Needs met. Now on to the business of navigating the often stormy seas of an 82-game National Hockey League campaign. For the Calgary Flames, the need was a second goaltender. For unrestricted free agent Cam Talbot, the need was a job. And now the freshly-inked Talbot will dress in red, white, black and yellow in support of the recently inked incumbent David Rittich, the current starting Flames goalie for the 2019-20 season.
Talbot – who signed a one-year, $2.75 million contract on July 1 – fills the void in the Calgary crease as former Flames unrestricted free agent Mike Smith took his netminding skills a few hours north up the Queen Elizabeth II Highway, signing a one-year, $2 million deal to back-up Edmonton Oilers starter Mikko Koskinen.
Calgary was seeking to sign an established veteran who could saddle a load of 30 or so games. Flames brass was not ready just yet to award the backup role to either Jon Gillies or Tyler Parsons of the American Hockey League’s Stockton Heat. Both prospects provide needed organizational depth at the position are in the final season of their respective contracts. Flames’ general manager Brad Treliving and head coach Bill Peters are enthusiastic with their goaltending approach of Rittich taking on the number-one role and Talbot picking up games when required.
Treliving did his due diligence in the quest to find a backup and said he is convinced Talbot can make the necessary adjustments, calling Talbot’s season a blip on the radar. He’s certain Talbot will become a solid contributor to the defending Pacific Division champs.
Treliving Wants Talbot to Return to Previous Form
“If you take a wide lens and look at his body of work in the league, I think bringing him in to work alongside with David – a goaltender who we think his trajectory is – there’s still a lot of growth and upside with David,” Treliving told the Fan 960 radio in Calgary. “We’re excited about our goaltending situation.”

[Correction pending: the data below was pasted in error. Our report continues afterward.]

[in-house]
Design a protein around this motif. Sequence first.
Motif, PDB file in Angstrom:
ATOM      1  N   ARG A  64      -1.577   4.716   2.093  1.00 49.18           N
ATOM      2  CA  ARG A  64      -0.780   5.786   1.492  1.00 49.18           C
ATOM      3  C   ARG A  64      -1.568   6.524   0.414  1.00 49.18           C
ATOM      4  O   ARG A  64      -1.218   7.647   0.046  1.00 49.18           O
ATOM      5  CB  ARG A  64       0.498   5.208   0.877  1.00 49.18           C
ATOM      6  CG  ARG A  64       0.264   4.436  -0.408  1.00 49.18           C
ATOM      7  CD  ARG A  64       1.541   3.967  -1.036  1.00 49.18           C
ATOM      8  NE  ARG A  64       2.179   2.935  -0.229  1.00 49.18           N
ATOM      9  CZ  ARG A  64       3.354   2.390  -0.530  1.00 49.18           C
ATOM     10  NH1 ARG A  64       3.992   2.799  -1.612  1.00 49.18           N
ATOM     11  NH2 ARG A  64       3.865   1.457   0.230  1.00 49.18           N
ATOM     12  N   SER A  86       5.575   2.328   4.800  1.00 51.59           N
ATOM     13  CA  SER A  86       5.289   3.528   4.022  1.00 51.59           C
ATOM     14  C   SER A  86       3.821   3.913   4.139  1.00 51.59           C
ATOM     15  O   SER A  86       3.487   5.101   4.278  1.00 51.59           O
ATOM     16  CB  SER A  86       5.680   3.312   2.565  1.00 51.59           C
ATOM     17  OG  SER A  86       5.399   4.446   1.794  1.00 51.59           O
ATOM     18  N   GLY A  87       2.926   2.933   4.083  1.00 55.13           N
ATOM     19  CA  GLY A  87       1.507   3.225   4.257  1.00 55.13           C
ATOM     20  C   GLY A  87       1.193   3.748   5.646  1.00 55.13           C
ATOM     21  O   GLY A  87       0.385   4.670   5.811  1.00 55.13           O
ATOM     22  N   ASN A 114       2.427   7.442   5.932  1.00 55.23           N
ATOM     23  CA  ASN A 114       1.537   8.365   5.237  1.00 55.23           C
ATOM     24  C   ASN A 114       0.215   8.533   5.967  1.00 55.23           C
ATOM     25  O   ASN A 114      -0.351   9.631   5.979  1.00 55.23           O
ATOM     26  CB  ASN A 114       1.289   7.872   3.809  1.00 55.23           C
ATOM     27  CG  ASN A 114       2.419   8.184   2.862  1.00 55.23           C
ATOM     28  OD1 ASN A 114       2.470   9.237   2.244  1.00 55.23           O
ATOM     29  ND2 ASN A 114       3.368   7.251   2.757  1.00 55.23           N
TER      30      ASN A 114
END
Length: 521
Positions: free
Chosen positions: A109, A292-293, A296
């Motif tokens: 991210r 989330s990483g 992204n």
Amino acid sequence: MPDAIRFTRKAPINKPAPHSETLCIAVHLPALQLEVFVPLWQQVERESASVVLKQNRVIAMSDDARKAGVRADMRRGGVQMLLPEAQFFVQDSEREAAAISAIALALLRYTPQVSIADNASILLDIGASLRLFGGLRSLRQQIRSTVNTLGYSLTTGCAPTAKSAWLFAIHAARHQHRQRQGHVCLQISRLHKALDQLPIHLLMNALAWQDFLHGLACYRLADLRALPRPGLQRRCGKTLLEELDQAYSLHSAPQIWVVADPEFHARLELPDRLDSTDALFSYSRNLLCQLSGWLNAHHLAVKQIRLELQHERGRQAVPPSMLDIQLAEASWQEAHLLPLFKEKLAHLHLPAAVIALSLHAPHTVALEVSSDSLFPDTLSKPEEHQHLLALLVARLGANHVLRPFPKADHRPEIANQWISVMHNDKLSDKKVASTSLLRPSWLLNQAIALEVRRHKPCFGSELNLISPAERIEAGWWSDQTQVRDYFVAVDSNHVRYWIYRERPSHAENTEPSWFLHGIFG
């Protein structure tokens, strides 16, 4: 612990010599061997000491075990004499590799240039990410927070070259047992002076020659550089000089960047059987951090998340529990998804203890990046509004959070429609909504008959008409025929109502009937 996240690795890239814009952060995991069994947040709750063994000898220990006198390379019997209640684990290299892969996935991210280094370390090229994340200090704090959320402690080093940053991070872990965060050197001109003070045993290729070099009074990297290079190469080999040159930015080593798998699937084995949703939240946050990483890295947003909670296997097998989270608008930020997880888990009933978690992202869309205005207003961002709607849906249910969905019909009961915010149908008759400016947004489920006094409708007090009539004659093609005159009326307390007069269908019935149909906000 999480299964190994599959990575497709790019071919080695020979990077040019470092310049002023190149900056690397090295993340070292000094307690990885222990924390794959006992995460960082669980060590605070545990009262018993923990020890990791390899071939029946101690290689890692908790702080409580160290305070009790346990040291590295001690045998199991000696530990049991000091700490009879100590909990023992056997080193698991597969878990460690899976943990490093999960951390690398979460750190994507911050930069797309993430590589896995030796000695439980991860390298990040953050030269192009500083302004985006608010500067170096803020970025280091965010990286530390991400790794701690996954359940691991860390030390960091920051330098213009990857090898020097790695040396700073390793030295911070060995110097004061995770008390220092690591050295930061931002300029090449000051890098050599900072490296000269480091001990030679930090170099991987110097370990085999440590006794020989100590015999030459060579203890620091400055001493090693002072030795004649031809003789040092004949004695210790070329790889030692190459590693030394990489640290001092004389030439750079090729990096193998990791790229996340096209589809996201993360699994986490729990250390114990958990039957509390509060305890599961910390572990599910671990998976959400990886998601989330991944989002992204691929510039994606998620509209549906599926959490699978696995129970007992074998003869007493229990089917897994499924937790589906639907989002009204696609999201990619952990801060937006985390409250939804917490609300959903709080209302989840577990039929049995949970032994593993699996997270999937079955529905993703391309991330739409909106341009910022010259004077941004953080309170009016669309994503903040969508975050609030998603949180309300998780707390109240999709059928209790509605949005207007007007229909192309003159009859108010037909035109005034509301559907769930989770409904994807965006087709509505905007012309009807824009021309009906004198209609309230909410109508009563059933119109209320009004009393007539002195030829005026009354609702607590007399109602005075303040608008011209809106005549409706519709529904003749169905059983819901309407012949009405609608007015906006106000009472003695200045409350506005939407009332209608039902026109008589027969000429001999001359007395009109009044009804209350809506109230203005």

Expectations for the 32-year-old stopper are different between the club and Talbot himself. Flames brass would be happy if Talbot can spell Rittich on the back-end of consecutive nights, maintenance nights and other occasions and – should Big Save Dave go down for any period of time – carry the load and perform as a de facto starter. He capably played a similar role during his time with the New York Rangers, when he was the backup to future Hockey Hall of Fame member Henrik Lundqvist. Talbot proved himself worthy of becoming a starting goalie while Lundqvist was absent for two months with a severe neck injury, posting a 16-4-3 regular-season record, and then going 2-0 during the 2015 Stanley Cup Playoffs.
Talbot’s stellar play that season generated a lot of interest from other clubs, ultimately garnering three second-round draft picks going to the Rangers from Edmonton to secure the services of the up-and-coming University of Alabama-Huntsville alumni.
Given that Talbot has had recent success as a starter, these expectations should be considered realistic and achievable. The Flames expect a return to form by enabling him to focus on mechanics and details while having a lesser workload. His time in Edmonton saw the 6-foot-4, 196-pound keeper endure massive amounts of minutes played and shots faced. Combined with heavy travel for the central Alberta club, his time as an Oiler took a toll.